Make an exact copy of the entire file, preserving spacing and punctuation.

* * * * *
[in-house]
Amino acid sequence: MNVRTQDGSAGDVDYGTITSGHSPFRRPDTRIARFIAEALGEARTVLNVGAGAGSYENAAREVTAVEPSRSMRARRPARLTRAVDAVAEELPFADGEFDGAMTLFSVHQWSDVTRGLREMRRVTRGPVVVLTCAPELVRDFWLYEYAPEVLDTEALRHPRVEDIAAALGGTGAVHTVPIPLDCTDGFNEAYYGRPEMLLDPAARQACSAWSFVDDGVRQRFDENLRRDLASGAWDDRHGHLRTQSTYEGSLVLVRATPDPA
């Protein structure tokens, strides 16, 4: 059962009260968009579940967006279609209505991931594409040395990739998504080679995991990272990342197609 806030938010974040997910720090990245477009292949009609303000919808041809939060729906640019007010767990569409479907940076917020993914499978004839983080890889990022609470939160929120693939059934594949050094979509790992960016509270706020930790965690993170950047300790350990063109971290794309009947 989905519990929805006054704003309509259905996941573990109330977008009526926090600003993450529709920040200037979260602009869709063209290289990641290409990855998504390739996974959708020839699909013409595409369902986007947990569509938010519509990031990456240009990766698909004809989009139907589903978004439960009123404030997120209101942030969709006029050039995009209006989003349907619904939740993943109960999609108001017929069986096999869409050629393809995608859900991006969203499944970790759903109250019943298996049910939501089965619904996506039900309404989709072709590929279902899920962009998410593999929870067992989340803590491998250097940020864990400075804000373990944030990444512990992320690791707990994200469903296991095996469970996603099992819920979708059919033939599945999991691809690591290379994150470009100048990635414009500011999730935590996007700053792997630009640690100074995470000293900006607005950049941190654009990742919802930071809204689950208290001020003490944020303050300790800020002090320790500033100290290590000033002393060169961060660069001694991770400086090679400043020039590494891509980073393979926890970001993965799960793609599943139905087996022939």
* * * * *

[in-house]
Amino acid sequence: MNVRTQDGSAGDVDYGTITSGHSPFRRPDTRIARFIAEALGEARTVLNVGAGAGSYENAAREVTAVEPSRSMRARRPARLTRAVDAVAEELPFADGEFDGAMTLFSVHQWSDVTRGLREMRRVTRGPVVVLTCAPELVRDFWLYEYAPEVLDTEALRHPRVEDIAAALGGTGAVHTVPIPLDCTDGFNEAYYGRPEMLLDPAARQACSAWSFVDDGVRQRFDENLRRDLASGAWDDRHGHLRTQSTYEGSLVLVRATPDPA
């Protein structure tokens, strides 16, 4: 059962009260968009579940967006279609209505991931594409040395990739998504080679995991990272990342197609 806030938010974040997910720090990245477009292949009609303000919808041809939060729906640019007010767990569409479907940076917020993914499978004839983080890889990022609470939160929120693939059934594949050094979509790992960016509270706020930790965690993170950047300790350990063109971290794309009947 989905519990929805006054704003309509259905996941573990109330977008009526926090600003993450529709920040200037979260602009869709063209290289990641290409990855998504390739996974959708020839699909013409595409369902986007947990569509938010519509990031990456240009990766698909004809989009139907589903978004439960009123404030997120209101942030969709006029050039995009209006989003349907619904939740993943109960999609108001017929069986096999869409050629393809995608859900991006969203499944970790759903109250019943298996049910939501089965619904996506039900309404989709072709590929279902899920962009998410593999929870067992989340803590491998250097940020864990400075804000373990944030990444512990992320690791707990994200469903296991095996469970996603099992819920979708059919033939599945999991691809690591290379994150470009100048990635414009500011999730935590996007700053792997630009640690100074995470000293900006607005950049941190654009990742919802930071809204689950208290001020003490944020303050300790800020002090320790500033100290290590000033002393060169961060660069001694991770400086090679400043020039590494891509980073393979926890970001993965799960793609599943139905087996022939």